Confessions of a benefits manager: Candid gets to grips with salary sacrifice changes

Big Bad Boss has two approaches to a new issue. His first, and most frequent, response is to flap around firing off directions to everyone in the team without thinking it through. This happens if there is any kind of request from the top floor. His second approach is to pretend the problem belongs to someone else and do absolutely nothing. This, so far, has been his stand on salary sacrifice.

Every time there was anything in the press about potential changes, I suggested we make a plan, and each time he said it was not something we could address until changes were conclusive. In a way, I agreed. There have been plenty of times when we have spent hours deliberating what we will do about some piece of draft pension legislation in vain. Hours of my life have been lost in such discussions, not to mention thousands spent in consulting fees, only to discover the proposed legislation, whatever it was, never actually happened.

But salary sacrifice changes have happened. That said, the result hasn’t turned out to be the bloodletting that we were led to believe. From the tone of some news reports, you would think that HM Revenue and Customs had dramatically cut the perks of all working people, when really the so-called sweeping changes are relatively minor.

Other reports seemed to create deliberate spin, making it sound like the government is actively stripping fat cats of all their executive privileges. I expect that’s what a lot of people may want to hear, apart from fat cats, naturally.

In my company, despite the constant pressure from our advisers to take advantage of tax savings (and spend more on fees in the process) we haven’t exactly jumped on the salary sacrifice bandwagon. Big Bad Boss isn’t one to rush into anything he doesn’t understand, and although the Higher Beings did initially get excited at the prospect of employees giving up salary, they lost interest once it was explained that those people would get benefits in kind instead.

Great place to work?

We could never win one of those ‘great place to work’ prizes because quite frankly it isn’t. So, luckily, we just don’t have all that much in the way of salary sacrifice arrangements. As there were significant savings for the company, we do have employees using salary sacrifice in the pension plan. Thankfully, these are unaffected by recent changes.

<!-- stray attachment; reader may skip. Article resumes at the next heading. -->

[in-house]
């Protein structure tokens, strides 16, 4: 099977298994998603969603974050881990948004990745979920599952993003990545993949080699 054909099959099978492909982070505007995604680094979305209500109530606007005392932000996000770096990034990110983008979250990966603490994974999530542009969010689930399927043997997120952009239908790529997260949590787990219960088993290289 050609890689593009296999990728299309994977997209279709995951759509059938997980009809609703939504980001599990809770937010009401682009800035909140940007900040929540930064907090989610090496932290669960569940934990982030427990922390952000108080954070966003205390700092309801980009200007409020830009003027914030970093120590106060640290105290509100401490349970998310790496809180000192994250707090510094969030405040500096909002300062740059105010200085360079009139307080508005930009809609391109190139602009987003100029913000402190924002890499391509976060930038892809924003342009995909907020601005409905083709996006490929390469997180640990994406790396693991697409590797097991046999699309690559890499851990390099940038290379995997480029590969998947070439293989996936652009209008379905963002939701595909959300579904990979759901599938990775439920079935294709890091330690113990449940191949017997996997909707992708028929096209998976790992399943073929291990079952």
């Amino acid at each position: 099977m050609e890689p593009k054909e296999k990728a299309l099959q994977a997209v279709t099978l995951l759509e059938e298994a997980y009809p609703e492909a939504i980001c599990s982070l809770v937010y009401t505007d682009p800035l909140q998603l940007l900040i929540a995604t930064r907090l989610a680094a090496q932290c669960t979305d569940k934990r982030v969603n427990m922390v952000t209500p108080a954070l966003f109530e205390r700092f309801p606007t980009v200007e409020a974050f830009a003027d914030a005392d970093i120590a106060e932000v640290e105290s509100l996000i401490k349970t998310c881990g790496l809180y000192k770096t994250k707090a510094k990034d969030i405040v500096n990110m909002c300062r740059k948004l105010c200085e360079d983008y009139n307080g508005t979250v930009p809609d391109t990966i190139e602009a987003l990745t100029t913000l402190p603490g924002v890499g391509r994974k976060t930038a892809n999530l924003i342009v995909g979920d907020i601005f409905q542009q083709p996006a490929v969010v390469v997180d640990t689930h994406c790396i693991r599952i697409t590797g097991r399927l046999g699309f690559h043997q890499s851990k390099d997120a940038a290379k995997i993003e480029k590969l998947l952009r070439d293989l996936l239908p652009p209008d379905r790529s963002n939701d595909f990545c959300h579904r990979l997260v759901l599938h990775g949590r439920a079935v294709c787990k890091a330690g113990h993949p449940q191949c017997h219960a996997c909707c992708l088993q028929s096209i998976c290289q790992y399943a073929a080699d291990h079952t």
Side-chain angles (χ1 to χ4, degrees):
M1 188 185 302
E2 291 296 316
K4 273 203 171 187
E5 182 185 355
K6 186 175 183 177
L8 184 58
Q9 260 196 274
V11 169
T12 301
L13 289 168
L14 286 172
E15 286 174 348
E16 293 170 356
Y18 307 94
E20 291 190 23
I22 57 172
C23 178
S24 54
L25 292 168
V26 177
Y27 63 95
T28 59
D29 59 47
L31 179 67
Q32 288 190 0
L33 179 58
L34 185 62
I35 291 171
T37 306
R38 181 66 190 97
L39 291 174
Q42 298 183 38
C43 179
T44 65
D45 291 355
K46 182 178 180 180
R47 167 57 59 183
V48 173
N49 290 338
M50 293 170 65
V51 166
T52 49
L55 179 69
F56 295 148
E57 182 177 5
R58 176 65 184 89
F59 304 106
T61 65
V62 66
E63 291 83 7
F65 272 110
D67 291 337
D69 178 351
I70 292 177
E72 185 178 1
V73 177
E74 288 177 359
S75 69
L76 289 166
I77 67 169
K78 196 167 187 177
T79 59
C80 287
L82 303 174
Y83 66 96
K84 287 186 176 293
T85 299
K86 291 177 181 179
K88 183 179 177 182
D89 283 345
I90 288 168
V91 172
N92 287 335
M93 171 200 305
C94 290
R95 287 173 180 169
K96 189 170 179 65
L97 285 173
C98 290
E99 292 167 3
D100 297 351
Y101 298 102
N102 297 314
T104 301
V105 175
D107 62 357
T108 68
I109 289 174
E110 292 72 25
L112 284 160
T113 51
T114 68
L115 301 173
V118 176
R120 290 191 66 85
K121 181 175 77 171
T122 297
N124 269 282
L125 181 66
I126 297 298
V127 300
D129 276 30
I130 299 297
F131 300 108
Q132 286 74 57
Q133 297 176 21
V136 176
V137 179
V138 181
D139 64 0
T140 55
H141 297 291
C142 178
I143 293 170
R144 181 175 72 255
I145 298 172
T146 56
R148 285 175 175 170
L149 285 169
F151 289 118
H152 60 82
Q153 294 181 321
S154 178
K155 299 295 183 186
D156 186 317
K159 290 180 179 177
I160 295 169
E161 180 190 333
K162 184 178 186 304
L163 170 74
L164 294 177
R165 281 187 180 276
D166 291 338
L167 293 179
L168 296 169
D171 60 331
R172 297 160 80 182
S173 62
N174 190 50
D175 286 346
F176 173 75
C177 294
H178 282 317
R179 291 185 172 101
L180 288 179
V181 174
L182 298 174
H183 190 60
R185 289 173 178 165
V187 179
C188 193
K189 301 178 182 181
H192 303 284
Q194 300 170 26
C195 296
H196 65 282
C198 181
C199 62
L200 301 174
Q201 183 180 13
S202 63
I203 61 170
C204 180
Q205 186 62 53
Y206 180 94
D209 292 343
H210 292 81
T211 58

We also have the bikes-for-work scheme that is so dear to my manager’s heart; he is one of only a handful of people who took this up and really the only reason we introduced the wretched thing in the first place. Annoyingly, it seems he will continue to wear his Lycra shorts in the morning. We also have another tiny flex scheme that was introduced a couple of years ago, but the take up on this has been so poor we’d be better to just scrap it altogether.

My main worry about is the car policy. Due to meddling from the Higher Beings, our car policy is already a complicated and inequitable mess, and the salary sacrifice changes appear to make it even more complex. Big Bad Boss waves an airy hand and says we have another year to sort it all out.

Benefits communications

I don’t agree. If nothing else, we need to inform any affected employees. We urgently need to change many of our benefits communications, particularly those for new hires. I don’t want to be promising employees tax breaks that they will never get. Big Bad Boss waves an airy hand again. We have an indefinite hiring freeze so there is no great rush.

There is a Taoist expression called ‘Wu wei’ which means non-doing. Sometimes it seems this entire company is in such a state of suspended animation. When our financial results are bad, all spending is held to wait for better figures, and the company becomes a hive of non-doing. Then, without any warning, the Higher Beings decide to change tactics and we all have to start rushing around and working late again.

Sure enough, one of the Higher Beings manages to delude others on the leadership team that a proposed new function would be entirely self-funding (as if such a thing were possible). He is rewarded for his ingenuity by getting a special exception to the hiring freeze. A whole new department. That means a bunch of new total reward costings, employment contracts, and, above all, benefits communications. Suddenly, it is red alert on salary sacrifice.

I want to get our advisers, Smarmy Consulting, to help. After all, it will have been drafting salary sacrifice communications for hundreds of more proactive organisations by now, so it will know exactly what to say and how best to say it. More importantly, I won’t have to do it myself. But Big Bad Boss is having none of it; his non-doing means non-spending too. So, I sit down with the guidelines in front of me and resign myself to working late. I can’t even ask my colleague Lazy Susan to help because she struggles with anything to do with words. Nor is she all that strong on numbers. Oh, and she’s already gone home.

I’ve drafted most of the changes relevant for new hires when I hear the news: the head of the new department has been let go to due some hushed misdemeanor. Without a Higher Being to head it up, the so-called self-funding department is no longer required. There won’t be any hiring after all.

Still, my late nights were not for nothing. Although it would have been much better to update everything in a more orderly way, the extra time on benefits communications was well spent. Now I can go back to non-doing with a clear conscience, at least until the next big rush.

Next time…Candid gets bad service.